And by staying true to its customers, Starbucks keeps its marketing authentic.

#2 | Evoke Feelings, Never Prescribe Feelings

Pedantic is not in a Starbucks marketer’s vocabulary, so preachy platitudes do not come across in the marketing messages they create. For these marketers, the words and imagery must work together to convey a sense of place, comfort, or mystique.

In fact, far from promoting its own agenda, Starbucks has gone out of its way to foster discussion and discourse in its stores. The now classic “The Way I See It” campaign, in which notable artists, activists, educators, and athletes are quoted on Starbucks cups is a prime example of how Starbucks attempts to foster discussion in its stores.

Launched in 2005, the quotes in the “The Way I See It” campaign helped to stir reflection, debate, and in some instances, controversy. The aim was to spark conversation in the old-fashioned coffeehouse tradition, which Starbucks has always embraced, and evoking the ideal of a place where ideas are shared. The campaign evolved to add quotes from Starbucks customers, that further enhanced the concept while at the same time getting loyal Starbucks fans involved in the conversation.

(The tradition of Starbucks fostering discussion and discourses continues to this day with the poorly executed and short-lived #RaceTogether campaign.)

#3 | Always Say Who You Are, Never Who You Are Not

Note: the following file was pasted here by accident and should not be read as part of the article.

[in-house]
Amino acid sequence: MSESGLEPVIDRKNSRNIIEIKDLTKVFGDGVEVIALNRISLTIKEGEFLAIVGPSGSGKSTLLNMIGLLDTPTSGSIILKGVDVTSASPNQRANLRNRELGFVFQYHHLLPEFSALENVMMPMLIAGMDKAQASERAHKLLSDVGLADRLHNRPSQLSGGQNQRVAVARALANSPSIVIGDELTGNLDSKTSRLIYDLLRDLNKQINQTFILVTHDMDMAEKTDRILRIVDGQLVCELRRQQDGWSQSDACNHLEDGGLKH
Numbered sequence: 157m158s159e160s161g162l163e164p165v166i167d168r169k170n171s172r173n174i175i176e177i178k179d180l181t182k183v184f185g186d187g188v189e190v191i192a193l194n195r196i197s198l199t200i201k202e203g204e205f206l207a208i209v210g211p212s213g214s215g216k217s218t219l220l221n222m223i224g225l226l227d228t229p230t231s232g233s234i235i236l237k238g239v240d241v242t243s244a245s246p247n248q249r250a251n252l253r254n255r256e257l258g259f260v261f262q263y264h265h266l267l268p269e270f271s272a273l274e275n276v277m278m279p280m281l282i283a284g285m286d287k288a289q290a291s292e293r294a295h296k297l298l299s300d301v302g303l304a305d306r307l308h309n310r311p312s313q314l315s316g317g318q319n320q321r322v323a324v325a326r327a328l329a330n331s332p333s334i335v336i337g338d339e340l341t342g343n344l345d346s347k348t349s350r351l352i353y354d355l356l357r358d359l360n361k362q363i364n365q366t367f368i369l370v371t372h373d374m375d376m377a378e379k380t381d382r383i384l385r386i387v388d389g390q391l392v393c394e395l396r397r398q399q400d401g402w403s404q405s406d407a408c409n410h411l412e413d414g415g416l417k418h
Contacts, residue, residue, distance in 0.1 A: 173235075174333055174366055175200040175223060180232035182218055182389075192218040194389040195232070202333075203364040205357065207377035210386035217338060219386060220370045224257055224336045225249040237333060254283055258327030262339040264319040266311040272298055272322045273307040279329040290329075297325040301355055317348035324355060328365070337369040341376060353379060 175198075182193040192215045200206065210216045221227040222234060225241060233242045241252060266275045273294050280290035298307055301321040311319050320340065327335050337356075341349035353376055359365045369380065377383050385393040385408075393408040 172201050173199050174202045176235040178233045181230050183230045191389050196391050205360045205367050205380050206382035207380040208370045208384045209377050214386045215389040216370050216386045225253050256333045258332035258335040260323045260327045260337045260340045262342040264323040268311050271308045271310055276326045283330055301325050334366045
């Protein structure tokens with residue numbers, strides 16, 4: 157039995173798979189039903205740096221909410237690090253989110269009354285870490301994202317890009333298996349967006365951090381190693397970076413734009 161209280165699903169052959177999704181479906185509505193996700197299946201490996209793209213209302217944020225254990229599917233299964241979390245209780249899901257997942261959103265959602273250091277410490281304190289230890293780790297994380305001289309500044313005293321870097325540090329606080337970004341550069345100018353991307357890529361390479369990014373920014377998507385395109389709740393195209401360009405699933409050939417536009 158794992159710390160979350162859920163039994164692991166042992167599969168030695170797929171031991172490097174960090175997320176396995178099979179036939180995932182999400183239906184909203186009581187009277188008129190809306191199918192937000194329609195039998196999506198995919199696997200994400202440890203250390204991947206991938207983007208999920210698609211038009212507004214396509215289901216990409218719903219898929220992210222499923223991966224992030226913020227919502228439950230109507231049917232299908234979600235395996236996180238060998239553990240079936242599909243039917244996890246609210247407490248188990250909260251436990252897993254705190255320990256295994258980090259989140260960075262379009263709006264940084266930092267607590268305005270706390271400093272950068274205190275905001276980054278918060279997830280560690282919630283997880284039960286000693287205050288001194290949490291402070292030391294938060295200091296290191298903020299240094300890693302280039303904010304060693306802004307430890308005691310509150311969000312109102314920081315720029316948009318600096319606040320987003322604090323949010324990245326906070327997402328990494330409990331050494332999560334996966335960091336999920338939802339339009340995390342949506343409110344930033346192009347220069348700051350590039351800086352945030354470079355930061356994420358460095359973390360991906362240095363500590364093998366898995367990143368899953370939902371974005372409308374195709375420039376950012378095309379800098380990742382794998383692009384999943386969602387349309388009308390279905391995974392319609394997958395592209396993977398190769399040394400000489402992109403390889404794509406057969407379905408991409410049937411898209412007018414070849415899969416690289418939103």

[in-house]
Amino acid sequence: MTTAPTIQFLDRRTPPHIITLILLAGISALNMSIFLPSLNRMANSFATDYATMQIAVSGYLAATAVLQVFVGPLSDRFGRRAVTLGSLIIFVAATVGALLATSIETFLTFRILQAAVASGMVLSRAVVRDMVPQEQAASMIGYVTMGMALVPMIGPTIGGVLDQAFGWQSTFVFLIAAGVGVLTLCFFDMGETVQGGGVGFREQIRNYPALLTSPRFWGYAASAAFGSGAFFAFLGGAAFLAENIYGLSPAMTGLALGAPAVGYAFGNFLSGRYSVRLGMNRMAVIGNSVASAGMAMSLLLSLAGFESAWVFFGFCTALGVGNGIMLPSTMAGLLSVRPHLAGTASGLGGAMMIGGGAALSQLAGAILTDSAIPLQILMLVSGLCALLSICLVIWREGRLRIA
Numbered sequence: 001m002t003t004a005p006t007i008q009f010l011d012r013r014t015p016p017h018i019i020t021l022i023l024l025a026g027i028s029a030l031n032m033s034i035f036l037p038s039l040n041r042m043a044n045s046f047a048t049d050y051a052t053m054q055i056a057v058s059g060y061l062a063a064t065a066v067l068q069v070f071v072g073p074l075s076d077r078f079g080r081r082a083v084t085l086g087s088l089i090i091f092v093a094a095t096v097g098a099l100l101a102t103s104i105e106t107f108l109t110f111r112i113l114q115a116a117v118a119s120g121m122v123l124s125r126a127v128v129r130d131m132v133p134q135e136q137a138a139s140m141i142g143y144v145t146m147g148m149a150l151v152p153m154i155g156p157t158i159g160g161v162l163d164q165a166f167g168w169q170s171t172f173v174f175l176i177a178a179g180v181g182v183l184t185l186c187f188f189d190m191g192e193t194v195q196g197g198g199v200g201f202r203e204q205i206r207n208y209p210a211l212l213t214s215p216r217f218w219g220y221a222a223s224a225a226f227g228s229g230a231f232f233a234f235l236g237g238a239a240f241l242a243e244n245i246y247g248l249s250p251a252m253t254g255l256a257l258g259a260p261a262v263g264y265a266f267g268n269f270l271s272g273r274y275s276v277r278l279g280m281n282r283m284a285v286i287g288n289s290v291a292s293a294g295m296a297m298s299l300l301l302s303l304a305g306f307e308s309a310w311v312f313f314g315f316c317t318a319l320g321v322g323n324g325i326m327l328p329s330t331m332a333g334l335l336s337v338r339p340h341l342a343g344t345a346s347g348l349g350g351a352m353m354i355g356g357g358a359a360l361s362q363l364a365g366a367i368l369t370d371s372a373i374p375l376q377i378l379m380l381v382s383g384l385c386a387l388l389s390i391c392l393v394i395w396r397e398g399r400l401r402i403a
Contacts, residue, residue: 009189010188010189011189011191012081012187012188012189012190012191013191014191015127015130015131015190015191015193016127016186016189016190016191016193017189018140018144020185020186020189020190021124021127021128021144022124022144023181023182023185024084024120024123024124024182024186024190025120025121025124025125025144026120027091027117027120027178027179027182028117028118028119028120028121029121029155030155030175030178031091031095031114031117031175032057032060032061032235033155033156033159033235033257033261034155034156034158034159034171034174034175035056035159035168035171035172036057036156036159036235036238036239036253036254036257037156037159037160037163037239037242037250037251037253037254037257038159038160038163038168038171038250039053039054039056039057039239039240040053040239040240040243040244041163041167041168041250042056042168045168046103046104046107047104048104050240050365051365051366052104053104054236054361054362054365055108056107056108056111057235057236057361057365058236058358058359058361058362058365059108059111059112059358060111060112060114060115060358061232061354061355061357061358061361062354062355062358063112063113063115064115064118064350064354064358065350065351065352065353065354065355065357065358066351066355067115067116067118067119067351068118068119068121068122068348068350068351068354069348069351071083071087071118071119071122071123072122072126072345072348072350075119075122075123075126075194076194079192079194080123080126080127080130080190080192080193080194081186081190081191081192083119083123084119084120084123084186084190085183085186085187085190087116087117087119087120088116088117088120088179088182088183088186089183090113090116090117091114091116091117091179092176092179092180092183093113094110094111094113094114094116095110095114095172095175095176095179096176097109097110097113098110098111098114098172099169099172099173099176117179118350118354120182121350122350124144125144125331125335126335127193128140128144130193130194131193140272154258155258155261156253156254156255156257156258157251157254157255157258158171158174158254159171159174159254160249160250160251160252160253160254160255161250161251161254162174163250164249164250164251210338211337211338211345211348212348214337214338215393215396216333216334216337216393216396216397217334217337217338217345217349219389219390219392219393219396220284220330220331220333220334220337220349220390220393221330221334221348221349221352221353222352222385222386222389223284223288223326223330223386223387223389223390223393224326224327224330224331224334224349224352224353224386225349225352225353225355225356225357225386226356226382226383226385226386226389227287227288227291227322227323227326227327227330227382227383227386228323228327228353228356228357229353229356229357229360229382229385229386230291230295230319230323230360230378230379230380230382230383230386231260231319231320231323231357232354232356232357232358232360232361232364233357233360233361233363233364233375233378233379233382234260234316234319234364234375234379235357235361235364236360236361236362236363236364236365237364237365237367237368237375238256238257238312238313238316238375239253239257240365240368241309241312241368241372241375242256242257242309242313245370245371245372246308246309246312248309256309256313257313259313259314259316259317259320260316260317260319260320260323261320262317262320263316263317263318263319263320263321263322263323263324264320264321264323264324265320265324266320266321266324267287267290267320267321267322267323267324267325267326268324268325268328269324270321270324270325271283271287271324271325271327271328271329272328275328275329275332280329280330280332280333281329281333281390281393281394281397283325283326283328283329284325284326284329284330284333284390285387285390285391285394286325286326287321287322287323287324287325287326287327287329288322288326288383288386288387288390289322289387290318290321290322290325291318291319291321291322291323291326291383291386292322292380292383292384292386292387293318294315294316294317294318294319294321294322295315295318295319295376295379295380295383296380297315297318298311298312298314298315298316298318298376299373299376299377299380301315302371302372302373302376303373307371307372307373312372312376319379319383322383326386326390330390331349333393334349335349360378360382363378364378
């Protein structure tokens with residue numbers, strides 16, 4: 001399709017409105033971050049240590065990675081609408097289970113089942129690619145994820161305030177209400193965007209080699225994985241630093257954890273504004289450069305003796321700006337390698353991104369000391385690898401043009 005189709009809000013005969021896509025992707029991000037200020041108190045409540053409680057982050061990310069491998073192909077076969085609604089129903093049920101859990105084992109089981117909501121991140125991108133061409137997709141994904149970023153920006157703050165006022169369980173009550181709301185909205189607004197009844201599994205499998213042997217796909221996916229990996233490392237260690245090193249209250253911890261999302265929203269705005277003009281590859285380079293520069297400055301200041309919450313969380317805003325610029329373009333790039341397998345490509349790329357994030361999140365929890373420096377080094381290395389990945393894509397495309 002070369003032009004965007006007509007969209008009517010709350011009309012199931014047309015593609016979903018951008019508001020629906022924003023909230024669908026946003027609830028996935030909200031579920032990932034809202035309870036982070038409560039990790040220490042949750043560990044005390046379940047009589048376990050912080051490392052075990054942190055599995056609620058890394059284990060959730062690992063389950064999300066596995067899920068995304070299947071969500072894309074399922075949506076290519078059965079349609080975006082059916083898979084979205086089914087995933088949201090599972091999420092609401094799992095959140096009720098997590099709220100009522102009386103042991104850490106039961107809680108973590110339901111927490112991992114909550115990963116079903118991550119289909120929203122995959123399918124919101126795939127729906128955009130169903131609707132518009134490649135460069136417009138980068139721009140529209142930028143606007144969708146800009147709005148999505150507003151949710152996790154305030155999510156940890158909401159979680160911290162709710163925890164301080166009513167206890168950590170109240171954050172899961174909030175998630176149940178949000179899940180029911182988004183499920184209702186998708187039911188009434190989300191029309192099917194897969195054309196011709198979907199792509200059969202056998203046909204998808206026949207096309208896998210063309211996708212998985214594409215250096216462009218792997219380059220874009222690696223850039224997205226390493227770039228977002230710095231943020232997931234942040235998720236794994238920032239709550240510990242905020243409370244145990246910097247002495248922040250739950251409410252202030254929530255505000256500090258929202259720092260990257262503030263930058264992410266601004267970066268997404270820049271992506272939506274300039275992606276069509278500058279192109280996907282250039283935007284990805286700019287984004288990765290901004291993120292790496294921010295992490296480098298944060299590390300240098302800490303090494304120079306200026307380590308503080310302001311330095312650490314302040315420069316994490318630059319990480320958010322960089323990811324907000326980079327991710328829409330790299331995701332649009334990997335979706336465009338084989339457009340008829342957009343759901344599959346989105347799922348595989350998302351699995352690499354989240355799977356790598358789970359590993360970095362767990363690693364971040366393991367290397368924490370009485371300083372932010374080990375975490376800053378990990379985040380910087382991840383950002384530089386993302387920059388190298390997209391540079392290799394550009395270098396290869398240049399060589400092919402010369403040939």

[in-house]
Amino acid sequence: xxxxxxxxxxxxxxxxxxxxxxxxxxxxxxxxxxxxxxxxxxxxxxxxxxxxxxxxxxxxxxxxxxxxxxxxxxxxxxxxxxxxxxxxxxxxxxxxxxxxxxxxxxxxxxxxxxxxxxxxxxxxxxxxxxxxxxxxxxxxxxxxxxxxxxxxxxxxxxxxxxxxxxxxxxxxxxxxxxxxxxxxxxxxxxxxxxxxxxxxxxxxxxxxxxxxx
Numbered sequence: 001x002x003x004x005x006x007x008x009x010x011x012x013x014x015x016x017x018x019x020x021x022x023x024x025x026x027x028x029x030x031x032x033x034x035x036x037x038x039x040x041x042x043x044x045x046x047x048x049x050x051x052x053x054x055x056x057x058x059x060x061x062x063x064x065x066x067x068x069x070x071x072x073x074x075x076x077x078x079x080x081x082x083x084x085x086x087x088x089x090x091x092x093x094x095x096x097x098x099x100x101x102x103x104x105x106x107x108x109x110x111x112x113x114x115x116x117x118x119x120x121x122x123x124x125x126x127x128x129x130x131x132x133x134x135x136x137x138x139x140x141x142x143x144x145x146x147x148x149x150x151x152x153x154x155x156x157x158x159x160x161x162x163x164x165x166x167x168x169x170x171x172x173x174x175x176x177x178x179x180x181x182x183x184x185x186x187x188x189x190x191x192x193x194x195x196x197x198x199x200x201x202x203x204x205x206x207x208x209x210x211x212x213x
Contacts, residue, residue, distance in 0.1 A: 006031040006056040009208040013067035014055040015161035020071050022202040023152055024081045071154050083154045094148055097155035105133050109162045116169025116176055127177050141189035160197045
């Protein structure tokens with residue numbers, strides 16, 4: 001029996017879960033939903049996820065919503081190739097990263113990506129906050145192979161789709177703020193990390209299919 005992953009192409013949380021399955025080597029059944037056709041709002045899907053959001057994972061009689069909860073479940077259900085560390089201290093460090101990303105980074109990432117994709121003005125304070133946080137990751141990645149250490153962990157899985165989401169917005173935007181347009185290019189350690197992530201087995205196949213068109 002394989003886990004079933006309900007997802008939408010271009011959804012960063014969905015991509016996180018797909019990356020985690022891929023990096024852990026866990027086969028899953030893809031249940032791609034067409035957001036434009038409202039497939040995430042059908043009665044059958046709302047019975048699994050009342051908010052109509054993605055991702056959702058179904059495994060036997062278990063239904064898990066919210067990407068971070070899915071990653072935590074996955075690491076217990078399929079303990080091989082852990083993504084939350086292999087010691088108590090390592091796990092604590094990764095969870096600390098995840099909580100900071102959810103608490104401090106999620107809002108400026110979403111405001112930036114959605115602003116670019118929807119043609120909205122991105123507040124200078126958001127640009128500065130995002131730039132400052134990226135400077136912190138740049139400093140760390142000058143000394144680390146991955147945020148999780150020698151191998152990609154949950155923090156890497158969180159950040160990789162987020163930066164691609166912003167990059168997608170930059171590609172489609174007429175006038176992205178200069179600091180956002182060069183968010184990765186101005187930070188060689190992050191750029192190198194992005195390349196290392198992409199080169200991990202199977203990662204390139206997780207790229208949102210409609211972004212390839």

When a business says who they are not in marketing materials, they are actually saying more about their competition than they are about themselves. You’ll never see Starbucks referring to its competitors in any of its promotional materials. The company doesn’t want to bring any attention to the competition. So while Starbucks will tout the high qualities of its newest Frappuccino® blended beverage, for example, it won’t advertise why its cold, creamy coffee drink is better than what’s being offered by other coffeehouses. While you will see Starbucks mentioning that it sources, roasts, and sells Fair Trade Certified™ coffees, it purposely chooses not to compare its Fair Trade coffees with other coffee retailers who sell similar Fair Trade coffees. By doing this, the company keeps the attention where it wants it: on itself.

#4 | Stay Connected to Front-Line Employees

Starbucks believes if an employee doesn’t respect or feel connected to a marketing program, then customers will not either. After all, Starbucks relies on its front-line employees to communicate its marketing messages to customers. And if front-line employees cannot connect with the marketing program, they will not make connections with customers about it.